Isaac Fosl-van Wyke is a songwriter and puppeteer out of Louisville, Kentucky. Each song is a chance for Isaac to weave you stories through America’s tortured past, but leave you with a sense of hope for better a tomorrow. Utilizing folk, indie, and psychedelic sounds and channeling inspirations like Bob Dylan, Isaac has the unique sound to match his storytelling abilities. His latest single, “Every Body Knows” is a moving number inspired by the events of last year’s civil unrest started by the cruel death of George Floyd.
“I wrote this song after George Floyd was murdered by Minneapolis police, while folks in Louisville were hitting the streets in big numbers to demand justice for the murder of Breonna Taylor. I heard a man I really admired talking about his experience being Black, having just watched the video of the infamous Karen threatening to call the cops on a Black birdwatcher in Central Park. My friend was like, “She knew what she was doing. Every Body knows what she was doing.” His words inspired me to write a song about American bodies being separated from the beginning into these disgustingly different privileges and punishments, by a racist society. I wanted to suggest that every one of our bodies knows, on some level, that this is wrong.” – Isaac Fosl-van Wyke
Listen to “Every Body Knows” below
With such deep meaning behind the song, there’s bound to be intense emotions behind it as well. That emotions translates through the delicate instrumentals and the gentle quiver in Isaac’s vocals. There’s a gentle strength behind that quiver. A strength in knowing that we can use our voices to condemn those appalling behaviors we’ve seen over the course of human history. Even though there’s such despair in recognizing those behaviors are all around, there’s hope in all of us changing things once and for all and Isaac conveys that well.
“Every Body Knows” is a great show of Isaac’s songwriting ability. And it won’t be long until we get to see more of what Isaac has up his sleeve. With more singles coming in June and July and an album titled UNDERNEATH dropping in August we will have tons to consume. He will also be playing shows locally in Louisville. So be sure to keep up with Isaac Fosl-van Wyke!
Keep up with Isaac Fosl-van Wyke
We had the chance to get a little deeper with Isaac here:
How would you describe the Isaac Fosl-Van Wyke sound?
Rusty, dense, and glowing from the inside. The sound borrows a lot from folk traditions — troubadors, storytellers — but there’s cell phones littered in among the constellations, and almost every song has a little mutation like a change in key or time signature. The songs are dark, dense, and full of ugly histories. I found them in the realm of grief, but they end up carrying you towards hope or redemption — something to feed the future. My voice and writing are at the center, and in this first chapter of recording I’ve also tried to decorate that with layers of harmony and counterpoint from friends I’ve made along the way. I think that tension between a solo voice and harmonic support — the individual versus collective — is evident in both the sound and subject matter.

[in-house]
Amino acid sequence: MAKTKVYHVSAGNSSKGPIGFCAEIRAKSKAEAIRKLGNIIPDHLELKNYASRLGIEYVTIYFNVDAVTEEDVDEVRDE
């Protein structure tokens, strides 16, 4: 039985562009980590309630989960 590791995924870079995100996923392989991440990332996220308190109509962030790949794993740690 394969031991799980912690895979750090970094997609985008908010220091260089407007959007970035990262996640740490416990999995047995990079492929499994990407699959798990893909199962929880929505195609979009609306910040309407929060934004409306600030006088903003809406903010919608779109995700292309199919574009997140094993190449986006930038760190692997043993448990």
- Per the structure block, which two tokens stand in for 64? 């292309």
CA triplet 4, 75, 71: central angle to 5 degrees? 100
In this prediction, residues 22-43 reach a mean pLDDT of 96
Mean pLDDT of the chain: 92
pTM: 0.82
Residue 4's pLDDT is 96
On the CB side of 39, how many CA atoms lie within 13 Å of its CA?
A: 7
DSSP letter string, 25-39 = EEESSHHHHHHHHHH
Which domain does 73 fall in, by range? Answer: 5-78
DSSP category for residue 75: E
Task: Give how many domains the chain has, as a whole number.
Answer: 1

Which artists have provided you with the inspiration for what you do?
Bob Dylan has a huge and obvious influence on my overall style — how the poetry and storytelling come across. But Dylan’s apathy about the songwriter’s role in culture and politics was always a kind of anti-model to me. In that realm I’ve always felt inspired by the anger and love of Nina Simone, and the deep lineage of Black music aimed joyfully at the heart of the empire. Another big influence was falling in love with Fela Kuti in high school, and learning all the politically entangled stories behind his long explosive compositions. David Bowie, David Byrne, Paul Simon, and Merrill Garbus (Tune-Yards) all taught me good and bad things about being a white person navigating a love for all kinds of musics and cultures. Being from Kentucky, I’ve always felt proud to be on the same soil as Will Oldham. His songs have challenged me to try and inhabit my own breed of weird specificity and navigate the world through songwriting. Since moving back to Louisville, Joan Shelley has been a great friend and sort of big sister to me, sharing a lot of wisdom about her writing process and encouraging and challenging me.
What was your songwriting process like during the pandemic fueled lockdown?
Right before the pandemic began, Joan Shelley called together a group of songwriters to start sharing songs every week and trading little writing assignments. We met once in person, then the lockdown began. But even over the internet, this was a fulfillment of a longtime wish for me, and it’s no exaggeration to say that a weekly creative accountability with new friends really saved my life during the pandemic. The group came to be called the Pineapple Playground, and several of the songs on my forthcoming album came from there, including “Every Body Knows.” In late June 2020, we gathered in this big beautiful church with our masks on — some of us never having met in person before — and everyone played songs and asked each other to learn parts and play along. I’m releasing a live video of “Every Body Knows” from that session, and John Pedigo is going to finish an edit of the whole thing with songs from all six artists